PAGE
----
How many times can you listen to Kids by MGMT before your brain turns into mush?

April 9, 2009

Ugh.  Can’t sleep.

Fire inspector is coming by tomorrow, along with my landlady… and I’ve got a pile of empty cans of diet coke hiding around this place.  A few beer bottles, too.  I feel like a crazy junkman.

So I’ve got nothing to say, really.  I’m super-disgustingly busy with school and work lately.

School is going really well.  Handed in my penultimate packet.  One more and I’m done – MFA in hand… off to… death in anonymity.  Actually, that’s not really true – I’m getting better and better.  That’s not ego… anyone who knows me knows that I have no ego about what I write.  But I’m starting to realize that I’ve got at least some skill… so it’s only a matter of time before I start publishing things.  And what a fun day that will be.  Totally gonna shake my penis at traffic when I get my first acceptance letter.

So what’s new otherwise?  A bunch of stuff.  Jamie and I are long lost siblings.  I ate Vietnamese food for the first time (and it was a symphony of taste, winging itself amid the cavern of my mouth like on dulcet, gossamer filaments of gleaming glee – what the fuck am I talking about? I’m so tired).  Jamie and I made friends with a fop and a lioness, and I adore them both.  I was invited to join a baseball team called the “Dandyfops” for which I believe I am entirely qualified.  I’m still captain datatron from the planet date on the outer-spiral arm of the date galaxy.  I’m planning on reconnecting with two former-girlfriend-related friends, now that I’ve realized that my exgirlfriend’s feelings on the matter aren’t worth even a scrap of my respect.  Being lied to for months will do that to you.  What a waste of my fucking time.  Really.

Slag.

So what else?  I’ve replayed that same Kids song, again.  Stop me.  Come over here and clip off my fingers and stop me.

Oh… speaking of kids.  I’ll talk about my students.

You know what’s weird?  When you realize that there really is a line between generations… and that you’re standing on it.

Today I asked my students how many of them ever kept a journal, either currently or in the past.  None of them.  How many wrote poetry when they were sad?  None.  Made collages or drew in sketchbooks or built little shrines to their music idols?  None.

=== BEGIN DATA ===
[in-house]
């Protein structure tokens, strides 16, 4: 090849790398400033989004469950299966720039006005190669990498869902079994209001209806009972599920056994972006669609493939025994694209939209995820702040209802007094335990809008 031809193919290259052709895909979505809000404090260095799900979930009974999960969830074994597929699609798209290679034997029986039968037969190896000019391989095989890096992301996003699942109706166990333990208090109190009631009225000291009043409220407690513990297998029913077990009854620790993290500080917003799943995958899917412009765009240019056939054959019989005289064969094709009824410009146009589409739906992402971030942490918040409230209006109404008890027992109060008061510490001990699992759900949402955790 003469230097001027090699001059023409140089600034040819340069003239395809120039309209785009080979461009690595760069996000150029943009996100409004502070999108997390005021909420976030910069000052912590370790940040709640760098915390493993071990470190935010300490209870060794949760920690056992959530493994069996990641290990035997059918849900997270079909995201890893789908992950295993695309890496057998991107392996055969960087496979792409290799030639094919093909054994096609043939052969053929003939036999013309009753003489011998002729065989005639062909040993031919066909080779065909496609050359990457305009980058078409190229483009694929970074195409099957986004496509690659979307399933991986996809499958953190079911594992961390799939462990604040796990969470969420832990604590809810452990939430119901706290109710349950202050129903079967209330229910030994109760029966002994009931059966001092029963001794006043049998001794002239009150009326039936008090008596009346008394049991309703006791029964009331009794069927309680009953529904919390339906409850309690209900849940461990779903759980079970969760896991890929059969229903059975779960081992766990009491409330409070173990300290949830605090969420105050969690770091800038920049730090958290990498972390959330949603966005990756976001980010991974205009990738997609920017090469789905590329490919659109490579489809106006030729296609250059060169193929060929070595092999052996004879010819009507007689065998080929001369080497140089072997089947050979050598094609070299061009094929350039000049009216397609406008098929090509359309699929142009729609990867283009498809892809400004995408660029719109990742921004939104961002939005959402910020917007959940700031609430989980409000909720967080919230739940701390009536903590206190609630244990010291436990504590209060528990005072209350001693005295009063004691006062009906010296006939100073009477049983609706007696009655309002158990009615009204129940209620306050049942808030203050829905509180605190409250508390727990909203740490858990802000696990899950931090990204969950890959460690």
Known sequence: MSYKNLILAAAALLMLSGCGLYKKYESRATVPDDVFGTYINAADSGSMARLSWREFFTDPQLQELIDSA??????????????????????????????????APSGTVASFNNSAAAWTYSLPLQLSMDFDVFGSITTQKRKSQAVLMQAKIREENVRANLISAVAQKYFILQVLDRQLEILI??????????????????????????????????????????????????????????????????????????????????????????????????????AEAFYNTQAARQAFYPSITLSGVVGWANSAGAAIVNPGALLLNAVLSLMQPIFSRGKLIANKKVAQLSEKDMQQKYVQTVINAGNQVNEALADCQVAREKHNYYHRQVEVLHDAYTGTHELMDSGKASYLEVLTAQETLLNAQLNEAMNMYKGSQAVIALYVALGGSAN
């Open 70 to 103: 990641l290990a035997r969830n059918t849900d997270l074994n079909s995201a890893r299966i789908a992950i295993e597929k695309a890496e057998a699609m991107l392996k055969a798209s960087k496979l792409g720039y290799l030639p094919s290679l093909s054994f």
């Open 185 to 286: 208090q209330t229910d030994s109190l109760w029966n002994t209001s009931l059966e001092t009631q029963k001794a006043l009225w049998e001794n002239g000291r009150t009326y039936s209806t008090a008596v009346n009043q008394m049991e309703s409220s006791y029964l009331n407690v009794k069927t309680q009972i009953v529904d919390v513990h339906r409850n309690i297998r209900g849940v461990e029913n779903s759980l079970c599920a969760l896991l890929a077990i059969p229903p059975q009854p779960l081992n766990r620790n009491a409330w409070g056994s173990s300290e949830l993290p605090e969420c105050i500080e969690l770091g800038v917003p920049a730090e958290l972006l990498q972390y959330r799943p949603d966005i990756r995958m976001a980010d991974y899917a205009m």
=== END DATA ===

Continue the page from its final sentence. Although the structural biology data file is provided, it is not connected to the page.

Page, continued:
So how did you express or explore what you were feeling?

“We didn’t.”

What did you do when you were sad, then?  I asked.

“Partied.”

With each passing week, my class comes to better understand that the one constant thread throughout all of British literature (and indeed of all art, when you get right down to it) is the chronicling of the human condition.  The exploration of what it is to be a member of this confused, often lovely but ultimately fucked species.  “Everything’s about death!” one of my students said to me the other day.

“Exactly,” I said.

Is it just a product of their youth that death is such a foreign concept?  It wasn’t for me.  Of course, I had a personal experience with it when I was younger… but that hardly makes me special.  A few of them have had to have lost a grandparent… maybe a friend to alcohol poisoning or suicide… fuck, a goldfish.  I’m not saying I want them all to become morbid little dirge machines or anything… but it’s as if they ignore the concept altogether.

I don’t want to call them shallow – because that’s cruel, and I actually really adore every one of them – this is a really good class this semester.  It’s nothing personal at all.  I think it’s generational.  When I think back to high school – and not only for me, but for pretty much everyone – it was all about angst.  Nothing defines a generation quite like an album called, “Nevermind,” – a title which always bespoke a desire to be understood, strangled by the cynical belief that nobody will even bother to listen.  I spent so many years feeling tortured and alienated and alone and weird and scared… and sure, it was all absurd and totally 16 of me… but when I look back on it, I think it helped develop me into an emotionally healthy person.  Well… as emotionally healthy as I can be.